The Bend Unmanned Cross-country vehicle looks remarkable for quite a few reasons. Its tires, for starters, are made from scrap metal and are modeled in a manner that feels almost like a combination of Michelin’s 3D printed tires and NASA’s chainlink tires. The hollow metallic construction makes the wheel less susceptible to puncturing, while the organic design makes it look rather unique. Made from scrap metal, the wheels are easy to replace and repair.
What’s also interesting about the Bend (and also the reason behind its name) is its form. Looking broadly like a ball and socket joint, the Bend is pretty much exactly that. Designed as a massive magnetic ball-socket joint, the Bend can literally twist and contort itself to work around any sort of terrain (its hollowed-out tires would then come in use for gripping onto the ground, I suppose). Designed for applications in construction, research, and agriculture, the Bend works unmanned, and can be modified to suit its application. It runs on a battery that may need replacing from time to time. The designer proposes a drone-based battery replacement system, but I don’t see why we couldn’t use solar panels instead!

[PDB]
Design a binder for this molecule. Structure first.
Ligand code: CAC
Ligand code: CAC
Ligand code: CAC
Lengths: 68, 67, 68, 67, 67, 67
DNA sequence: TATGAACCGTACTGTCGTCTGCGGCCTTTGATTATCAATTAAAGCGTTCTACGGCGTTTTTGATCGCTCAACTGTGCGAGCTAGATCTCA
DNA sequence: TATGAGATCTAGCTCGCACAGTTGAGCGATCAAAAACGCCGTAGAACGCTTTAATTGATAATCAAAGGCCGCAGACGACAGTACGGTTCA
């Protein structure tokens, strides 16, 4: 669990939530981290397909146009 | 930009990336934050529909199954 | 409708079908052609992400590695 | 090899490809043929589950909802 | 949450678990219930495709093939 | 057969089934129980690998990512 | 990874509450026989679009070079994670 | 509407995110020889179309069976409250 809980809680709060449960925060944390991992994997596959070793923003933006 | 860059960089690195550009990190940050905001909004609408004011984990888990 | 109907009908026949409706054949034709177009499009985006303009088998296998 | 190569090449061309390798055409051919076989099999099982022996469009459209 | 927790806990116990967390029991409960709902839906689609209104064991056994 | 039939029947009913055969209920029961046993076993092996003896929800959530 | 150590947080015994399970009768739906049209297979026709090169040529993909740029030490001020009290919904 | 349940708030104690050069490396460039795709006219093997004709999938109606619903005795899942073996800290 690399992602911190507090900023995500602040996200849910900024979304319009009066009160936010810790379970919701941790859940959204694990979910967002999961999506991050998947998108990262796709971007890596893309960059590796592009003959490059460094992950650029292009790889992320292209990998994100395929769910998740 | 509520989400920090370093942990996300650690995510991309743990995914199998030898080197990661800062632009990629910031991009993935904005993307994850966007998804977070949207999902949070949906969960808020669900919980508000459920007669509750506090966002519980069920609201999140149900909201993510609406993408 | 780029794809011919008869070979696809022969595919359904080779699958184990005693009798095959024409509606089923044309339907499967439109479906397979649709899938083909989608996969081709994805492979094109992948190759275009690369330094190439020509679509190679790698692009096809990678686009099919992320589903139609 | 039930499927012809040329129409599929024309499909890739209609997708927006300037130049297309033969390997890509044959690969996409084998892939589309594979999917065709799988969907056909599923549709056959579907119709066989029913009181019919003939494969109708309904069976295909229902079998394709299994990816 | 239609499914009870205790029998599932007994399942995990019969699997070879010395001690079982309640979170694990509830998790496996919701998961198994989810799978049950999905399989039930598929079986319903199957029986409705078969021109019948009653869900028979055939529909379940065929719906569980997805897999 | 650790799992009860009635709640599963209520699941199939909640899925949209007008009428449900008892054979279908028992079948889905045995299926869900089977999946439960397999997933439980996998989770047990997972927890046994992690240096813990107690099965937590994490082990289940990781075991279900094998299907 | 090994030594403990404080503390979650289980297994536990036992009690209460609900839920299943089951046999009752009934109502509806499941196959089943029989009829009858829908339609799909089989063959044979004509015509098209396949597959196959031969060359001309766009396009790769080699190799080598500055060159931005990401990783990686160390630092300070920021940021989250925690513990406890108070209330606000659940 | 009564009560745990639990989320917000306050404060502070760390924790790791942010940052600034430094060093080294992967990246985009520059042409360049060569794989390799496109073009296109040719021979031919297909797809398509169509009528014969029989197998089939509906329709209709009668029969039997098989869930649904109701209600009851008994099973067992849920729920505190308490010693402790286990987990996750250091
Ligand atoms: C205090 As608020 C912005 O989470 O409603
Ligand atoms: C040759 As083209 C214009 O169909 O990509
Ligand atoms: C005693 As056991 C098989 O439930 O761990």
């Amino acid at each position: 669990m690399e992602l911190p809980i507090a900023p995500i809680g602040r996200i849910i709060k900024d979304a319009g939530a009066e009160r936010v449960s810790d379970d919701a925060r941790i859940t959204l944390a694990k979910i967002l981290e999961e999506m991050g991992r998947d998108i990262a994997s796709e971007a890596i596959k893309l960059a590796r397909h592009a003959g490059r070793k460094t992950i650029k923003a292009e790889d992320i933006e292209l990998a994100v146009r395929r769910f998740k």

Designer: Maya Prokhorova